Step 2 - To check for problems with electronically controlled components such as an engine, transmission, ABS brake, or SRS (supplemental restraint system, Air Bag) and the fuses test okay a trouble code scan is needed to identify any system trouble. Use a simple scanner tool to retrieve trouble codes and see if they relate to the specific problem, like a crank angle sensor failure code. If the trouble code present does not pertain to the immediate problem like an EVAP code ignore it until a later time, after the car is running.
The reason we repair non-related codes after the engine is running is because sometime false codes can be triggered by the engine not running. Once the engine is running again the code present might cycle and turn itself off. You might say "if the engine doesn't run shouldn't it have a trouble code?" Sometimes conditions occur that will not be detected by the computer, example: if the fuel pump fails the computer cannot detect the failure, so the engine doesn't start and the computer thinks everything is okay with no codes. If no trouble codes are present proceed to the next step.
Step 3 - The spark plugs in your engine are used to ignite the compressed fuel air mixture. If the condition of the spark plugs are fouled by excessive fuel or carbon the engine will not start, backfire or run rough. Remove all spark plugs to inspect their condition. Please use this spark plug condition reference guide to see how the spark plugs are operating.
Step 4 - Determine if the engine has compression, this can be done a number of ways but the most complete method is to perform a compression check. Remove the spark plugs and perform a compression test on one cylinder. If one cylinder has compression then the remaining cylinders usually will be close to the same. Crank the engine over about 5 seconds, normal compression readings should be between 125 psi and 160 psi on each cylinder. If no or little compression exists additional tests will be needed. The most common reason for an engine to lose compression is a timing belt or timing chain failure.
If low or no compression exists remove the oil fill cap and observe camshaft rotation when the engine is cranked over. If no rotation exists the timing belt or chain has failed. If your engine has a timing belt and you cannot see the camshaft easily remove the upper bolts to the timing cover and gain visual access to the belt, recheck cam rotation by cranking the engine over. Sometimes a timing belt or chain can jump causing the camshaft to lose correlation with the crankshaft and therefore causing low compression. The best test for this condition is to remove the timing belt/chain cover and inspect timing marks. If the compression is ok proceed to next step.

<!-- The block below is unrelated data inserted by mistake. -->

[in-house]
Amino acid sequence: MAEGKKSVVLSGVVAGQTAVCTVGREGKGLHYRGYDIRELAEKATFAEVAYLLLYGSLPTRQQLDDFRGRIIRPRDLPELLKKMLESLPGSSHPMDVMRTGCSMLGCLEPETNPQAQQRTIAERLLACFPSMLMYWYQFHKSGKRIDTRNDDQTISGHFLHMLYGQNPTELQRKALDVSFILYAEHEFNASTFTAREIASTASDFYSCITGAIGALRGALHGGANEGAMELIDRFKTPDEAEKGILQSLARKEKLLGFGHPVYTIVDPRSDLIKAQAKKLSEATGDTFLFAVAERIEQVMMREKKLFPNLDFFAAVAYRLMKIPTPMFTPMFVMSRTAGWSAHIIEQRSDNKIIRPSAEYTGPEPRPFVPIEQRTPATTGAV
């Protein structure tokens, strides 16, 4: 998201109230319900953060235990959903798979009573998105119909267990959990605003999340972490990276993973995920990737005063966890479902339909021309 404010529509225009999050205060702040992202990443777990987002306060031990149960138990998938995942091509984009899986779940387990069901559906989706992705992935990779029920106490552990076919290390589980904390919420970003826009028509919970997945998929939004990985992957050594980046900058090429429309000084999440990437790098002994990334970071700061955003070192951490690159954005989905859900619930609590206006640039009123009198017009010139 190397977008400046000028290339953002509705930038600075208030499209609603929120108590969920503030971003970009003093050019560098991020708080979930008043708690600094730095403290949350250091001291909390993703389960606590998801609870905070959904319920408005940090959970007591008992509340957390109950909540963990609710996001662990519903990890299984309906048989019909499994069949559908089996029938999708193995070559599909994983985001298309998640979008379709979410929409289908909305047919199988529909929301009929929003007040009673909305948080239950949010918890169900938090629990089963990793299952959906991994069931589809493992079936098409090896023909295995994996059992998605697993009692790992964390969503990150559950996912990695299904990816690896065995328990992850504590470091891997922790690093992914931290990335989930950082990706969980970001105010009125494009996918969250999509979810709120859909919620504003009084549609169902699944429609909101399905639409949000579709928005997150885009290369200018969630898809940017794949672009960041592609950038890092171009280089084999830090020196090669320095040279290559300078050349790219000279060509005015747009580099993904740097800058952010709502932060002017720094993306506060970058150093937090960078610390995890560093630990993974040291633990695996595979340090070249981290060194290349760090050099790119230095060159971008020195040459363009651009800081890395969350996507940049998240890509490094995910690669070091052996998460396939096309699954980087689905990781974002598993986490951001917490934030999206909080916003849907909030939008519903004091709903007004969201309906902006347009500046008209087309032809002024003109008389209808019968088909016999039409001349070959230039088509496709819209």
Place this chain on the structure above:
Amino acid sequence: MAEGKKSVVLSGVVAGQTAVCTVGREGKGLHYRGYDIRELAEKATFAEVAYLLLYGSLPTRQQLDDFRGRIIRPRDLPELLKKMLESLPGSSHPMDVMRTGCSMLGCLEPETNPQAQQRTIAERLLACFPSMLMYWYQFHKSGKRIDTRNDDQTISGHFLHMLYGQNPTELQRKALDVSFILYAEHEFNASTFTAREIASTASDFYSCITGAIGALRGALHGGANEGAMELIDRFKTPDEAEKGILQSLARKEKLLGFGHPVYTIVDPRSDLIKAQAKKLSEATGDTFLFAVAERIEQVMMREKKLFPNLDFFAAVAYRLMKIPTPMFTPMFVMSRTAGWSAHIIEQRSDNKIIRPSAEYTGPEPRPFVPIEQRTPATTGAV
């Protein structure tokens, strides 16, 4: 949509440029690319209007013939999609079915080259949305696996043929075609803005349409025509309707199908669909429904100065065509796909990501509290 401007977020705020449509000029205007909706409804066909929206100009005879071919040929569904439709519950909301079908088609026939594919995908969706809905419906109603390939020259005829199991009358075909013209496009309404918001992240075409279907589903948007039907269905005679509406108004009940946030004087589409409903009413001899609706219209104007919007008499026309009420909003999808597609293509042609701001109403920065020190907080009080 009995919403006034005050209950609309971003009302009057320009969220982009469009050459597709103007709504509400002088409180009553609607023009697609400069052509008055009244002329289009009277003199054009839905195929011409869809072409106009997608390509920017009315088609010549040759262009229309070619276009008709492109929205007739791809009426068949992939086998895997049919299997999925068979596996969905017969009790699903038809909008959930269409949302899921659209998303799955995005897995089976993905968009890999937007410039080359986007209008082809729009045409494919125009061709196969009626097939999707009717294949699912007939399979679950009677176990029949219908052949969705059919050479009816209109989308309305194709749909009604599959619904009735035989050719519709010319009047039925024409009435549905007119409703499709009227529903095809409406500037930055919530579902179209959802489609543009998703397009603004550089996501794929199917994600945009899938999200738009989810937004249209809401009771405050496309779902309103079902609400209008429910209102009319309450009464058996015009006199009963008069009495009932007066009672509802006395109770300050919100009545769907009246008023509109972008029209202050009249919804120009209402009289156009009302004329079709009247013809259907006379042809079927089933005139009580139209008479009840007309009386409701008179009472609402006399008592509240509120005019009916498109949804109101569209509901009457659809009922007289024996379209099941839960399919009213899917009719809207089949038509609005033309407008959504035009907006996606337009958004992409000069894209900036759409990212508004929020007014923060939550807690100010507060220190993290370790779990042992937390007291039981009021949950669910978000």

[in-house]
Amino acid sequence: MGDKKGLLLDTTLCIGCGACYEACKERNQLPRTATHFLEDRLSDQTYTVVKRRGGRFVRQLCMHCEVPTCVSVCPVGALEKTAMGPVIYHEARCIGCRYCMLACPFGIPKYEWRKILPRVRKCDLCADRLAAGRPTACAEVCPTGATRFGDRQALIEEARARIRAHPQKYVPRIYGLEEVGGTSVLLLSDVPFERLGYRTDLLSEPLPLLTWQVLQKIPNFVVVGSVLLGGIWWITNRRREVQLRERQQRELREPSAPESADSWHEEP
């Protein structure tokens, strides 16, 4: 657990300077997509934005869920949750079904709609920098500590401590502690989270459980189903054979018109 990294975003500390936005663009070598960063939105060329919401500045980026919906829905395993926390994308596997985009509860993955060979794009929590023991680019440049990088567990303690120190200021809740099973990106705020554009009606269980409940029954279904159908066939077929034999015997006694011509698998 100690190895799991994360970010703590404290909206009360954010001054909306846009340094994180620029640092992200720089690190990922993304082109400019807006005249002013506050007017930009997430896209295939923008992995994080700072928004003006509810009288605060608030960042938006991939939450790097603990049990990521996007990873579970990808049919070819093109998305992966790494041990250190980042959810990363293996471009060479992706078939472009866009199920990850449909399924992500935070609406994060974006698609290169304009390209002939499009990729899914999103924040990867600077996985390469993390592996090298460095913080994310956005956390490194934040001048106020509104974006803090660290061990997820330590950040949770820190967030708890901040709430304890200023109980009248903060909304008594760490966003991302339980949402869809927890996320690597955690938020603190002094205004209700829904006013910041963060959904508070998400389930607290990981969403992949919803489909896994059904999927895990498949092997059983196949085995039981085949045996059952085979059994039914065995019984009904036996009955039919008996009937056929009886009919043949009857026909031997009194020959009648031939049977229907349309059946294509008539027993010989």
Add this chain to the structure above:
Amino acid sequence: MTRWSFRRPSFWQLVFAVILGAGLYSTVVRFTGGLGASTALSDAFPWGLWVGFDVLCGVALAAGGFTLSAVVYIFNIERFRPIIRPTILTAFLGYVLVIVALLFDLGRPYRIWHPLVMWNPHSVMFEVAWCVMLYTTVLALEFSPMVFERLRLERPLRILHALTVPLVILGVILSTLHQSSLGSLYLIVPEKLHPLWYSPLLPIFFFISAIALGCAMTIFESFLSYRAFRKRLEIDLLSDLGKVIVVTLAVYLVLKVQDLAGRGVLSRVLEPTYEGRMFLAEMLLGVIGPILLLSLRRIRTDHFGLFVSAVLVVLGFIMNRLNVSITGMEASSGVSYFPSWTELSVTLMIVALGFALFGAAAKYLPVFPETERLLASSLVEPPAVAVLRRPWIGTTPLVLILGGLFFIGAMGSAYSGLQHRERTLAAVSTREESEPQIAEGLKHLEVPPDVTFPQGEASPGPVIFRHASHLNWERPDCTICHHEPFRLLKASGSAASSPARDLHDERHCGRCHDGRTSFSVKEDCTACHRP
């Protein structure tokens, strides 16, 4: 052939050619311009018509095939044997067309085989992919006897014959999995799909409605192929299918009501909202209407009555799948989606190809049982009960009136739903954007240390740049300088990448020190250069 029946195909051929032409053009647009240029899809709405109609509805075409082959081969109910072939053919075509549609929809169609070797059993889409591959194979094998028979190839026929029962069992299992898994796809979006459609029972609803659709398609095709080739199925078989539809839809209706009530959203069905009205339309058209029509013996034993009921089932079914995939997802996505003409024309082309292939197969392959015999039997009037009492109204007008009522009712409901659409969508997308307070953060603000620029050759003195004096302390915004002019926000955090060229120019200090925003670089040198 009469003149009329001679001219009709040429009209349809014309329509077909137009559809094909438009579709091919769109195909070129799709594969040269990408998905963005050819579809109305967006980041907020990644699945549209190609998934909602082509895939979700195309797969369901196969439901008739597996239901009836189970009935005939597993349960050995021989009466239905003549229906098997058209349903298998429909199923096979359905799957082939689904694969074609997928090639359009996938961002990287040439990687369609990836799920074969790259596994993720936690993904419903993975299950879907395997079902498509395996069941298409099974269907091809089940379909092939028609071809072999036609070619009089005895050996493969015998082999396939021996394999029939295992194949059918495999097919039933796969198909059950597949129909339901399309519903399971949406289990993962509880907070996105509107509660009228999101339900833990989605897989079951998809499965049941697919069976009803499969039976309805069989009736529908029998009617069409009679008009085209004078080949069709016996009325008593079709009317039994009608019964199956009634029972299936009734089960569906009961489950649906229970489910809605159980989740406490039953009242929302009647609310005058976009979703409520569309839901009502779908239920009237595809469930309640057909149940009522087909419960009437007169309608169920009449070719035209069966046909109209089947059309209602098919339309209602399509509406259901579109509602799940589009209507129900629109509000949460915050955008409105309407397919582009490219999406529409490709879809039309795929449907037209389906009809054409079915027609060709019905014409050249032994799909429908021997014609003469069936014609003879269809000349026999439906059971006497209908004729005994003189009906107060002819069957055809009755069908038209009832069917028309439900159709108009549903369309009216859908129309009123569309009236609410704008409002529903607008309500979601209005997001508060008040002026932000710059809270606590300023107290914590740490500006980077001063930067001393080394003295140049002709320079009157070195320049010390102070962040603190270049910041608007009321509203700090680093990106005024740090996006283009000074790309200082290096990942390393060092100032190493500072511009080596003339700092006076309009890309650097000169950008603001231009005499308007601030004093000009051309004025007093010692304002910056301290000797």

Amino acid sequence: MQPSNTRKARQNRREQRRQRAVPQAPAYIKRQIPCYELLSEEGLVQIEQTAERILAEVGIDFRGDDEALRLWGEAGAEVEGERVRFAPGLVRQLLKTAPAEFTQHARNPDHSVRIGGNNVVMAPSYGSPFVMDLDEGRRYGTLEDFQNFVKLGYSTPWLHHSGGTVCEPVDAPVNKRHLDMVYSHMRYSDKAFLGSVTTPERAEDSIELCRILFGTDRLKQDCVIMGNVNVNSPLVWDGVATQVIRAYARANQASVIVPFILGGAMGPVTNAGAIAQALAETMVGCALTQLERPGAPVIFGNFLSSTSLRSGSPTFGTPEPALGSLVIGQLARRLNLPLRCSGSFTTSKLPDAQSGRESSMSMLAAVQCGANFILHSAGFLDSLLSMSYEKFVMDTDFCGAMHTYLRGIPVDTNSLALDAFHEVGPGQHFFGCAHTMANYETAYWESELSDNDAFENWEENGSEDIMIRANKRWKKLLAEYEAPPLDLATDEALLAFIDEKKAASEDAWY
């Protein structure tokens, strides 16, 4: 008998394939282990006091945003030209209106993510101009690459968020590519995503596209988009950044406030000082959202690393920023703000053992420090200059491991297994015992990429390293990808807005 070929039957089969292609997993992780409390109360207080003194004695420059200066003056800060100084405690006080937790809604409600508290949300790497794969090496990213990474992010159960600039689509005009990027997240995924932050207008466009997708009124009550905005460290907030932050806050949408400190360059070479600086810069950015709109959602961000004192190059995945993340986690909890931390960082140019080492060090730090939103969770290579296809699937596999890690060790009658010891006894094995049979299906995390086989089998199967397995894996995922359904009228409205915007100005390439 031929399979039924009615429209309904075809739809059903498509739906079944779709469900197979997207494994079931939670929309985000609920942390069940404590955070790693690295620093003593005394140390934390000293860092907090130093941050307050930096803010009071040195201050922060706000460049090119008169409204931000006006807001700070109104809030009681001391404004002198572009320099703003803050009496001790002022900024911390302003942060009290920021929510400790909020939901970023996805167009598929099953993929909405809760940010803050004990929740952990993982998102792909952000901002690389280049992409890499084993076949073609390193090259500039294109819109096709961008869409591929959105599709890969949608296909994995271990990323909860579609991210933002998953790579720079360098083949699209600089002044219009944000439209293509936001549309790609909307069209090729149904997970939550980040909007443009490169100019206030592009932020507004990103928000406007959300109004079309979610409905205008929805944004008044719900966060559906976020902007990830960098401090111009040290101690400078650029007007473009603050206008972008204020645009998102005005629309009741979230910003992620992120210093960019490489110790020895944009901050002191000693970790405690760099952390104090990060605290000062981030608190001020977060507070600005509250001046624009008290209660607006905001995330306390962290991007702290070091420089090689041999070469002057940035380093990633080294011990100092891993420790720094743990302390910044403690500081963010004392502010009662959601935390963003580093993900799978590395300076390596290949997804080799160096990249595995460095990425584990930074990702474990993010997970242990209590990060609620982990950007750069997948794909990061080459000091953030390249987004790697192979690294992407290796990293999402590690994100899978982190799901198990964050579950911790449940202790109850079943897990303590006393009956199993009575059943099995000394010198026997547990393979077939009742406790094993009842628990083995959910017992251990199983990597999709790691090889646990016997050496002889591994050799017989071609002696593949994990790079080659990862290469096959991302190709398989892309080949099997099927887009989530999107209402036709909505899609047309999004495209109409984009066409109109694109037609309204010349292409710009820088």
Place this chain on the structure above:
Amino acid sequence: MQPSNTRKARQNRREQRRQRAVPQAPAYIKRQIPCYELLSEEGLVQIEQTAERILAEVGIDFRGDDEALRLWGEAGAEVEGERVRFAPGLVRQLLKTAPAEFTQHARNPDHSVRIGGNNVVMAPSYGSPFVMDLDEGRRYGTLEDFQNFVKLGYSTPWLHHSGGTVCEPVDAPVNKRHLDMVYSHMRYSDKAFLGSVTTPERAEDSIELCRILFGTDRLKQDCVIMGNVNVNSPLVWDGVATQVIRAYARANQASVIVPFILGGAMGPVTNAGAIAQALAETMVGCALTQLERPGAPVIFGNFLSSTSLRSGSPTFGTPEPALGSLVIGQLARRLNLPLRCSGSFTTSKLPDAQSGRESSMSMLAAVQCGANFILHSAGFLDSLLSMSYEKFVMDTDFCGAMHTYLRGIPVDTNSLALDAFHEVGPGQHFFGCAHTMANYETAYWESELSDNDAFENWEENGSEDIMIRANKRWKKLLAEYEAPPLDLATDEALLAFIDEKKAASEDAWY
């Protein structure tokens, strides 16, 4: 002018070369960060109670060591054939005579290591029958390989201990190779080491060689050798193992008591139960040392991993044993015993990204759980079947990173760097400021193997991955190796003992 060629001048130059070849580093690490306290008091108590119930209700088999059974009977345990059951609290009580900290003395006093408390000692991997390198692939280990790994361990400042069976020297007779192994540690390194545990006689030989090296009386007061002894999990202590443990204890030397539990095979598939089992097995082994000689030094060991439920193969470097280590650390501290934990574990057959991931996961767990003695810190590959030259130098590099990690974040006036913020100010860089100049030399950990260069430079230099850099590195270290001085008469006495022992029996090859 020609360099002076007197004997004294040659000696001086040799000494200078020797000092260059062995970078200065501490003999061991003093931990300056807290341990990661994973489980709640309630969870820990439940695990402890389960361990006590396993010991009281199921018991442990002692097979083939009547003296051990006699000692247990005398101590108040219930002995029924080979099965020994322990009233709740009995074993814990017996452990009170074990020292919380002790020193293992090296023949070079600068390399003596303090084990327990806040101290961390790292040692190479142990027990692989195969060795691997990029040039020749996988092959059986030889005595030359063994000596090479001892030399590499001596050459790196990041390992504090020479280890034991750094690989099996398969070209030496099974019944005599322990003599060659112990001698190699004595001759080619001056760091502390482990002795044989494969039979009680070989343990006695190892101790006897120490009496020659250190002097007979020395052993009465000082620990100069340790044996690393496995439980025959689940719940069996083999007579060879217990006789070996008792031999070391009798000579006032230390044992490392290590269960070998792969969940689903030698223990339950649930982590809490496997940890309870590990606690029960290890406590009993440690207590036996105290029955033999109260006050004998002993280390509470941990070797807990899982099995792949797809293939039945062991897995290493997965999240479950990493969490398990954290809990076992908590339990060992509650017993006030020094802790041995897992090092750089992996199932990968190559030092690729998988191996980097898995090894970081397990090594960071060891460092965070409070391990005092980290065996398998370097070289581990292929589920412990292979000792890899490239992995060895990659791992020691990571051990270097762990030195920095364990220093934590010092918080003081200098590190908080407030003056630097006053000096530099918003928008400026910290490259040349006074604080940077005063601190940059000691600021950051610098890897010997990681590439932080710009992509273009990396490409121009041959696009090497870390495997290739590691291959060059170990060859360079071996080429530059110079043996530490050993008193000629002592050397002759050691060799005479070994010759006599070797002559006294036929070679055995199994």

Step 5 - Test the ignition system output, ignition systems can vary in configuration but operate on the same principal. Ignition systems can consist of a coil, pick up coil, crank angle sensor, cam angle sensor, spark plugs, spark plug wires, distributor cap, ignition rotor and a distributor and any variations of these components. An ignition coil is a voltage stepper coil that transforms a low voltage (12 volts) signal into tens of thousands of volts needed to jump the gap of the spark plug.
This coil is activated by an ignition module triggered by using the camshaft/crankshaft angle sensor; timing is adjusted by the PCM (computer).This primary electrical signal is generated by the PCM which calculates spark timing by using a variety of sensors including coolant temperature, mass air flow, and oxygen sensors. To perform a basic ignition output test you must have a test light and follow the ignition system output test video.
If the ignition system test is weak or non-existent test the car fuses, both under hood power distribution center and the fuse panel under dash. This test is performed with a test light tool. The test light should illuminate on both sides of the fuse, if not the fuse has failed and needs to be replaced. If the fuses are ok a manufacturer specific repair procedure is required and an online auto repair manual is needed to continue. If the ignition system tests ok proceed to the next step.
Step 6 - Test fuel system pressure, test for proper fuel pressure with a test gauge on the fuel rail or in line somewhere in the system, most throttle body injection cars (TBI) are between 13 psi and 17 psi. Most (DPI) direct port inject systems are between 40 psi and 55 psi. If good fuel pressure is present continue to next step. If no or little fuel pressure is present check the fuel pump fuse and fuel pump control relay located in the fuse panel, you can find this fuse and relay by checking your owner's manual, back of the fuse panel cover diagram, or an online auto repair manual, if the fuse or relay has failed replace it a new unit and re-test.
(Note: some Ford cars have an inertia switch designed to cut off the fuel pump in the event of an accident. Sometimes this switch can accidentally be triggered causing the engine to not start. If the car is exposed to a random bump either in the road or by another car this switch can be triggered. To check for this condition locate the inertia switch, if the cut off switch has been active it will have a white or red indicator at the top of the switch. Push this indicator down to disarm the cut off switch, if the indicator does not move down it is not activated and is not the problem.)